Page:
Local church helping individuals trace their genealogy
By Maggie Miles/Correspondent
When you think of religion, you normally don’t think of genealogy. But in the Church of Jesus Christ Latter-day Saints, the study of our ancestors and their stories are just as important as the relationships we have with our living relatives.
Since 1984, with help from government records, churches and libraries, the church has created the largest collection of family records in the world through a nonprofit they sponsor called Family Search. It hosts a database with records from over three billion (deceased) people from over 100 countries. It’s like a giant online family tree that everyone can contribute information to, and they are partnered with other databases, like Ancestry.com.
“It’s like a Wikipedia for history,” says Elder Boyce, 20, a missionary from Boston, Mass., who teaches people how to use FamilySearch.org at the church’s Nags Head Ward.
The records are available through the website, the world-renowned Family History Library in Salt Lake City, Utah, and through a network of 4,600 local family history centers. At these centers, members of the church, like Boyce, volunteer their time by offering free genealogy consulting to anyone, church member or not. You can go in for a consultation, and they sign you up with a free account, help you start to connect the dots and, most significantly, teach you how to do the research yourself.
“We don’t give them the fish, we teach them to fish,” Carol Hoffman says, a longtime student and consultant for the local Family History Center. Hoffman, of Nags Head, had always wanted to learn genealogy. She tried Family Search when she retired but couldn’t figure it out. In order to hone her skills, she signed up to volunteer at the church’s Family History Center for about 20 hours a week.
Since, she’s helped many people discover their own families’ histories as well as had her own revelations, including discovering her late grandfather and finding his old journals on the site.
“He wrote really well, and he talked about the ancestor she knew about, and it just lets you know about the challenges they went through, and yet they persevered, and it gives you that feeling of hope,” says Hoffman.
Hoffman, Boyce and the other members of the church are interested in this for many reasons.
“I think it gives us a sense of identity to learn more about who we are. As we learn more about the history of our ancestors and the things that made them what they were, it helps us to learn more about who we are, and who we can become,” Boyce says. This was certainly the case for Brenda Hachtman, 70, of Southern Shores. She found records of her family in this country thatdatedbackuntilthe1590s, before the founding of Jamestown. She also found out that she was a descendant of two people from the Mayflower and, wait for it, Cleopatra. With records from around the world, Hatchman traced her family history back centuries.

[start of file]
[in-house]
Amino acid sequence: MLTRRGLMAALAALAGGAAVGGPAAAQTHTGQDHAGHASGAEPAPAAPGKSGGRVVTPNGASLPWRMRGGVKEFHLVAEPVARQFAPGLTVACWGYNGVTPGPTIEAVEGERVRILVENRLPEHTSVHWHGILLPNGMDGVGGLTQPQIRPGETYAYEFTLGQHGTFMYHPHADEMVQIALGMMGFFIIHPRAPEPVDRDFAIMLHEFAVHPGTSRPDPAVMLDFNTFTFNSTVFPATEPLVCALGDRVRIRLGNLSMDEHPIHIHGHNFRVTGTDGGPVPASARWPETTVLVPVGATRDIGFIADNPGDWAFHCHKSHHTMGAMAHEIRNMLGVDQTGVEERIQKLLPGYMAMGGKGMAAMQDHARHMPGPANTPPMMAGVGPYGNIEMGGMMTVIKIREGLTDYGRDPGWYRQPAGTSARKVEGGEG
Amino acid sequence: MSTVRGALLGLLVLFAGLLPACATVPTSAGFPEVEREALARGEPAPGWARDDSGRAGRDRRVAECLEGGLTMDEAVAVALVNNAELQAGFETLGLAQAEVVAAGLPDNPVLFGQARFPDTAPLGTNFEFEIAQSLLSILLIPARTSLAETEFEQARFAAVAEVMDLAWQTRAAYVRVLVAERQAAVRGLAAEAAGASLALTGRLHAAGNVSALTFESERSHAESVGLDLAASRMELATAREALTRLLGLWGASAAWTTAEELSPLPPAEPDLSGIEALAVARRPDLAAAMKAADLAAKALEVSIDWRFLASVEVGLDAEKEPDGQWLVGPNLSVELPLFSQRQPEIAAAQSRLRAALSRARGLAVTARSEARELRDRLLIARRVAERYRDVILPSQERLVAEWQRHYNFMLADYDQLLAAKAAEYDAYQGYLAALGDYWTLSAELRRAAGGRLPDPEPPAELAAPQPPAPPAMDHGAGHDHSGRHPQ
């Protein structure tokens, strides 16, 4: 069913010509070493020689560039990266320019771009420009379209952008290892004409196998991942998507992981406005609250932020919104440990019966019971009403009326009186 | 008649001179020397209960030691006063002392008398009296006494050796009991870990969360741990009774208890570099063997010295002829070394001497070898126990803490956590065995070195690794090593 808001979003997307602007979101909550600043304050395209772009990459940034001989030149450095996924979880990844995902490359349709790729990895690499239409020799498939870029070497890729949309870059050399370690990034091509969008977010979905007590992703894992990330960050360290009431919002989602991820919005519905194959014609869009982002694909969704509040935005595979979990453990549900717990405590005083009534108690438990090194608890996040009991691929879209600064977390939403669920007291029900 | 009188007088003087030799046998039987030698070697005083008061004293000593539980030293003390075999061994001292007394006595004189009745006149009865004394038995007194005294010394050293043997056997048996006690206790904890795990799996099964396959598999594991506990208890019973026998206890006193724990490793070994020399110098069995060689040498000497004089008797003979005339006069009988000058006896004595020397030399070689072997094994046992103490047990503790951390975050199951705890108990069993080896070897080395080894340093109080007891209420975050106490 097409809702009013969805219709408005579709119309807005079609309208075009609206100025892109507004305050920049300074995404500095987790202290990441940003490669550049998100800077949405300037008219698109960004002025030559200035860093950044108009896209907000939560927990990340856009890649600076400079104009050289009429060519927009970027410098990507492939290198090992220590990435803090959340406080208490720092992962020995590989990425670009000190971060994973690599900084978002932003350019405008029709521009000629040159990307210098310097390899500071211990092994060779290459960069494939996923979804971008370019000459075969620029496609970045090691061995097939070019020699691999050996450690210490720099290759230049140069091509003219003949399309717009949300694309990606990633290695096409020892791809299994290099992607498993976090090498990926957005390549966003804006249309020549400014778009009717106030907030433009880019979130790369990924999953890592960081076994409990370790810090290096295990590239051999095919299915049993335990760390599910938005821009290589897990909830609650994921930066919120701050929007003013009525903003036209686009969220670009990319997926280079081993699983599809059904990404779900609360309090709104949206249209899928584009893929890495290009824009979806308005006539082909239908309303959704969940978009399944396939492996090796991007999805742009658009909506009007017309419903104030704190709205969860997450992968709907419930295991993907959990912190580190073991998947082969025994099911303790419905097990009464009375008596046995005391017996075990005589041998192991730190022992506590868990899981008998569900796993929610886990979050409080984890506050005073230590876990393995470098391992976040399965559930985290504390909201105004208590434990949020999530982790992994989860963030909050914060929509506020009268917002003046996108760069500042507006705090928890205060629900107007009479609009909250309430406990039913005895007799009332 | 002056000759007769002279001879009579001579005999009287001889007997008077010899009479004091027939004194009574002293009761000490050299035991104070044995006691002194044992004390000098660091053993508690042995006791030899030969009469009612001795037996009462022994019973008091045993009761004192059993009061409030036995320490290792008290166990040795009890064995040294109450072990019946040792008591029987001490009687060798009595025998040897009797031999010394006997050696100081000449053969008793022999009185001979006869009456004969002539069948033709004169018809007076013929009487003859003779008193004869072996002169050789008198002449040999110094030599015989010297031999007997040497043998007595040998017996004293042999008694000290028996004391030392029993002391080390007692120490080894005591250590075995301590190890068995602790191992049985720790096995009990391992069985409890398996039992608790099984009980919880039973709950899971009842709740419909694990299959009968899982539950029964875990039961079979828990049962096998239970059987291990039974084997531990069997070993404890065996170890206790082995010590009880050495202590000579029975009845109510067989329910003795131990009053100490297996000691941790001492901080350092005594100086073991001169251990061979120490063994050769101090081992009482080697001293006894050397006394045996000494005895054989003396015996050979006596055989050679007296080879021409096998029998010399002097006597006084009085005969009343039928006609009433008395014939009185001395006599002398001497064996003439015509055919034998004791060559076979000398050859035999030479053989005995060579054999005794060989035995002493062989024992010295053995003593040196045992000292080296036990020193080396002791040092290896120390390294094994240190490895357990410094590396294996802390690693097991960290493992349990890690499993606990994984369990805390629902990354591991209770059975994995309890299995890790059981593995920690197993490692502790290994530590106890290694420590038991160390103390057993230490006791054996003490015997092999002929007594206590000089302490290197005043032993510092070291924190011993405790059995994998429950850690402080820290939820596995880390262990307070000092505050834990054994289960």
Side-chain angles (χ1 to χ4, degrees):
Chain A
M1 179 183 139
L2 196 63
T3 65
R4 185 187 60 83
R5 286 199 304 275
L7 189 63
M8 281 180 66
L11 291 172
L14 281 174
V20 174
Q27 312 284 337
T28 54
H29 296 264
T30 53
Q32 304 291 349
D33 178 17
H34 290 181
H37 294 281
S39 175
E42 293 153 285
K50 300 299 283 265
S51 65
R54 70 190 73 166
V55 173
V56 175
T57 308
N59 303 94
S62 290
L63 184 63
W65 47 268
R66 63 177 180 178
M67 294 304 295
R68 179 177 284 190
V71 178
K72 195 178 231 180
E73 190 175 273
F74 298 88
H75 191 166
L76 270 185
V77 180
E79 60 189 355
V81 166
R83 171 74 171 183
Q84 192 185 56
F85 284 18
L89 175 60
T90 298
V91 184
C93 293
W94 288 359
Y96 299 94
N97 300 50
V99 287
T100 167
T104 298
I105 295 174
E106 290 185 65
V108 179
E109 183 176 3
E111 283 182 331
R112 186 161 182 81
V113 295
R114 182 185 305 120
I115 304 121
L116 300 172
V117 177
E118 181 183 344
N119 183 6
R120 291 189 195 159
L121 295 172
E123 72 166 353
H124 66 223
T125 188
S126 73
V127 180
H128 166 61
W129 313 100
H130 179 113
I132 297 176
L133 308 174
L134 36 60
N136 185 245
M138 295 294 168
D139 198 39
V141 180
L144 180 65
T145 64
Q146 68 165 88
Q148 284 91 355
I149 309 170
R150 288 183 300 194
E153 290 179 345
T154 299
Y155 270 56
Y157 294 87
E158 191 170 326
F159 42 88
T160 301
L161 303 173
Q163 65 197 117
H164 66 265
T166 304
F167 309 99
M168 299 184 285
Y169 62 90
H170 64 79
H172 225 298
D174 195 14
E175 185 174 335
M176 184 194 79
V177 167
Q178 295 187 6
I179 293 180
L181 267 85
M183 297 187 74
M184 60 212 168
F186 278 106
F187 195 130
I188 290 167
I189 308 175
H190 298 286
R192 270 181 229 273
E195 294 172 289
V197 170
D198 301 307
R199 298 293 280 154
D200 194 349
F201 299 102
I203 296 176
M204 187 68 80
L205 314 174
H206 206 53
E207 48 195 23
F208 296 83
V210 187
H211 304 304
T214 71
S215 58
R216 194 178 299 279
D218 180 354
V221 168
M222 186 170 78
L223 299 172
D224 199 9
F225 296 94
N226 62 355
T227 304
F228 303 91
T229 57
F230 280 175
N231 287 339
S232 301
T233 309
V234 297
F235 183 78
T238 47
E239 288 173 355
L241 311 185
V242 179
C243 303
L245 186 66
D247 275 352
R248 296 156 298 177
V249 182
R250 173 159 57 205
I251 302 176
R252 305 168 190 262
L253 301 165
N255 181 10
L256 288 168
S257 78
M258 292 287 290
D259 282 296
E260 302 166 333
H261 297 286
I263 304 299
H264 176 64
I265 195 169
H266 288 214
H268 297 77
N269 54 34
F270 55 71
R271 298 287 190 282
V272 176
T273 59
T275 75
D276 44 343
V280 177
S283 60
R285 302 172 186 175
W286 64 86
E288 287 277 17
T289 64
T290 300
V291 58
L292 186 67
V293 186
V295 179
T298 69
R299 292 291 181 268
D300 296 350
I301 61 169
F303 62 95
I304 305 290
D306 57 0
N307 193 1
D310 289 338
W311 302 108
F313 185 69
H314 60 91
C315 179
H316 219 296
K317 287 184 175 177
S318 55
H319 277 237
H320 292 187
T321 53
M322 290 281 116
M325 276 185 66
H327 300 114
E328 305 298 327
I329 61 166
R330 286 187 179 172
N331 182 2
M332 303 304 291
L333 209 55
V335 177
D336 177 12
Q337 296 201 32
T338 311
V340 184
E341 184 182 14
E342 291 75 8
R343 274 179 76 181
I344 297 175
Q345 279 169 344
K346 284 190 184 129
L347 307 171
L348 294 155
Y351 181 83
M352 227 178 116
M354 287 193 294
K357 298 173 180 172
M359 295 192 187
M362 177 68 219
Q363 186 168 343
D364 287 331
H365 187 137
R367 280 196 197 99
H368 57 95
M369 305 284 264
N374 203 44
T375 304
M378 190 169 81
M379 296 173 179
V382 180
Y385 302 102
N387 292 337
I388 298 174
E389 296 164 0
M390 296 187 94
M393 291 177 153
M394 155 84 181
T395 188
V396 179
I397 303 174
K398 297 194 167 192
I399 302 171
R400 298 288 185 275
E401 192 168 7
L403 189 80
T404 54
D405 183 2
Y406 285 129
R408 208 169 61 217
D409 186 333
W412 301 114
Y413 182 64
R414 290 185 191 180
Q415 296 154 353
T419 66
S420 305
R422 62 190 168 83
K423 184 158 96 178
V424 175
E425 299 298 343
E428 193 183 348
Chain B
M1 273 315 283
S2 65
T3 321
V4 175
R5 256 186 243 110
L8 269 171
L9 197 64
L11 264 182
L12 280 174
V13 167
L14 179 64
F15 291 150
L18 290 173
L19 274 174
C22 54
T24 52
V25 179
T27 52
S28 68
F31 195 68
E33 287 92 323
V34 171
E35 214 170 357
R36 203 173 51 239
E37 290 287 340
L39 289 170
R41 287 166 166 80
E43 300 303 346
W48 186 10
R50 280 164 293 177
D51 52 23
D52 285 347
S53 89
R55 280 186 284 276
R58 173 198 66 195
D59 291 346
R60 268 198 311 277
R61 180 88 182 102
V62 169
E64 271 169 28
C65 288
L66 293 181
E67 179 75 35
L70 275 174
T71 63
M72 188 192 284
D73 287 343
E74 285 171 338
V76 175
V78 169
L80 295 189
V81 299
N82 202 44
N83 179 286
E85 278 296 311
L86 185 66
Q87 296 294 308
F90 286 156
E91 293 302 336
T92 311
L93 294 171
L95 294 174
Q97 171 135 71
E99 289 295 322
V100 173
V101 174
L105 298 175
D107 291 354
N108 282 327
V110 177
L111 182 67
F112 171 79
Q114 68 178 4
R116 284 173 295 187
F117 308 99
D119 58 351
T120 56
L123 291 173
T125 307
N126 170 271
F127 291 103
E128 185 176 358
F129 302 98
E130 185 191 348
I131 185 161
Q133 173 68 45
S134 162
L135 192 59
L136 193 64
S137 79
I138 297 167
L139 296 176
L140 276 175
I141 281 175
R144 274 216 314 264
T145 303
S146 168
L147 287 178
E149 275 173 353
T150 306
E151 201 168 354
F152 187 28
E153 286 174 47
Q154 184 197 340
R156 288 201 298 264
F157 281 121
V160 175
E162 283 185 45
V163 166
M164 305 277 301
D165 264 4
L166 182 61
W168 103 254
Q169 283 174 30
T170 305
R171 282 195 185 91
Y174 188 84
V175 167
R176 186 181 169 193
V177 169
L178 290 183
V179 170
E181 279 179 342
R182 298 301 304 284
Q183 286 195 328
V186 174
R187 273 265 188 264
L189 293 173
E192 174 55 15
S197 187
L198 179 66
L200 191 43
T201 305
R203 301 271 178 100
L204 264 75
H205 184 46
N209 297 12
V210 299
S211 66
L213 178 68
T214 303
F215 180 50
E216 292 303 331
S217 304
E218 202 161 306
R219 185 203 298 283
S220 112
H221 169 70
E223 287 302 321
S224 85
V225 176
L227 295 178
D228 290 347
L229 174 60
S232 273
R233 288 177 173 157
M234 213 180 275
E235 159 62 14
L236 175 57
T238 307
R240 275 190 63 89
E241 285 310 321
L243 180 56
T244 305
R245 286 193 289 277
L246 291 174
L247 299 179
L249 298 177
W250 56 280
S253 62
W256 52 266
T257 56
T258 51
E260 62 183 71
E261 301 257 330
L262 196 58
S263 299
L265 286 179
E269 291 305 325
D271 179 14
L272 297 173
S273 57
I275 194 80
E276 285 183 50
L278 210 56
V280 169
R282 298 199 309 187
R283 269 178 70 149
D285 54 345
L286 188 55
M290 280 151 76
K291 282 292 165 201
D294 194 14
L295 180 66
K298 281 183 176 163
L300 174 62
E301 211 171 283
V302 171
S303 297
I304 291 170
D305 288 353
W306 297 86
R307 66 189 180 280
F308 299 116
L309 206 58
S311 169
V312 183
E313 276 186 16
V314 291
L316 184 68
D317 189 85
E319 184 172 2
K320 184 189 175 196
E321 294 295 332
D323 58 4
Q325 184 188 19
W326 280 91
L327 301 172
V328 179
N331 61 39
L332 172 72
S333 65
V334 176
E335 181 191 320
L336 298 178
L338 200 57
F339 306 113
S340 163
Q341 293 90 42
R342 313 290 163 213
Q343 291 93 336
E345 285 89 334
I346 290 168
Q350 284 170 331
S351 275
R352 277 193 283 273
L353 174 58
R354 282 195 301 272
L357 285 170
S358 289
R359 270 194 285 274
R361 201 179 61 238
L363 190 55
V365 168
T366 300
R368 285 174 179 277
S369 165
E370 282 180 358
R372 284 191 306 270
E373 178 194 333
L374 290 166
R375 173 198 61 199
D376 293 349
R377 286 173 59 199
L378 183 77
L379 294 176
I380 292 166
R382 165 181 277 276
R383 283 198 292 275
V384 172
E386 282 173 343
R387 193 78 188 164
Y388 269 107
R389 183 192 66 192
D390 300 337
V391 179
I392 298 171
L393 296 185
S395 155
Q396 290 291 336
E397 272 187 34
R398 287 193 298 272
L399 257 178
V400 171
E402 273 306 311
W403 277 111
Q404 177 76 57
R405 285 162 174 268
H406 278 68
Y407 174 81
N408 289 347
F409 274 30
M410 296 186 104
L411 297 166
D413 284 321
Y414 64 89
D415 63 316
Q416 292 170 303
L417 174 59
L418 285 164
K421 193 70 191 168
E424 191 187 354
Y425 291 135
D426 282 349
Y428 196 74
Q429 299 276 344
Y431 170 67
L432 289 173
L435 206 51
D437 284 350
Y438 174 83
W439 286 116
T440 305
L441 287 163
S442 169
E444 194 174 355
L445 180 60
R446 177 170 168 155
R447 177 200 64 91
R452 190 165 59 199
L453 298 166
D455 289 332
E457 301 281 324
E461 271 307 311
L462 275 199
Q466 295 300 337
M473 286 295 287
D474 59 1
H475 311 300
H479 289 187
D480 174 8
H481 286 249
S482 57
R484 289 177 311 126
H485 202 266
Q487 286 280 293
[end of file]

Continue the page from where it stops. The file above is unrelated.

“It solidifies more of who I am,” she says. “And when you reach out and touch backwards and see the people that you are descended from, it makes me humble. To think of some of these people and what they’ve lived through, the wars and all of that stuff, for me to be able to be here today and discover those people in relation. I look forward to meeting everyone when I leave this earth.”
Anne Jacobson of Kitty Hawk, on the other hand, used the Family History Center to connect to people on this plane. When her daughter planned a destination wedding in Iceland, Jacobson used the church’s resources to discover a vast family history there, one intertwined with historic places, people and farms.
For example, the family wanted to have their wedding in a Viking stave church. The one they chose, a Google search later revealed, was the first place that Mormon missionaries taught people in Iceland. Additionally, the church had a large monument onsite that was sponsored by—who? —Jacobson’s father, aunts and uncles, built in honor of their grandmother!
The Jacobsons took time to re-letter the monument during their trip as well as dive deeper into their family history. Along the way, they discovered they were cousins with Hatchman’s daughter-in-law.
The serendipitous revelations all came from Jacobson’s daughter’s random decision to get married in Iceland and spending a little time with Family Search.
“There were so many things that we were able to find out through the Family- Search program,” she says. “From piecing things together, we were able to go there and have a real depth of history that we wouldn’t be able to have without these resources. It’s amazing.”
For Hoffman, the most heartwarming thing about family history is realizing that our ancestors are near us. Outlining a family tree, contributing knowledge to your ancestors’ stories and, in turn, learning more about them, you feel their spirits.
According to her, discovering stories of your ancestor’s life is priceless.
“There are stories that people have uploaded [about my relatives] that I didn’t know, and it’s just so heartwarming to know, even if it’s just, ‘He was a good man and he lived on the side of a mountain and he was always kind to people,’ ” she says.
“It’s really rewarding. It really is.”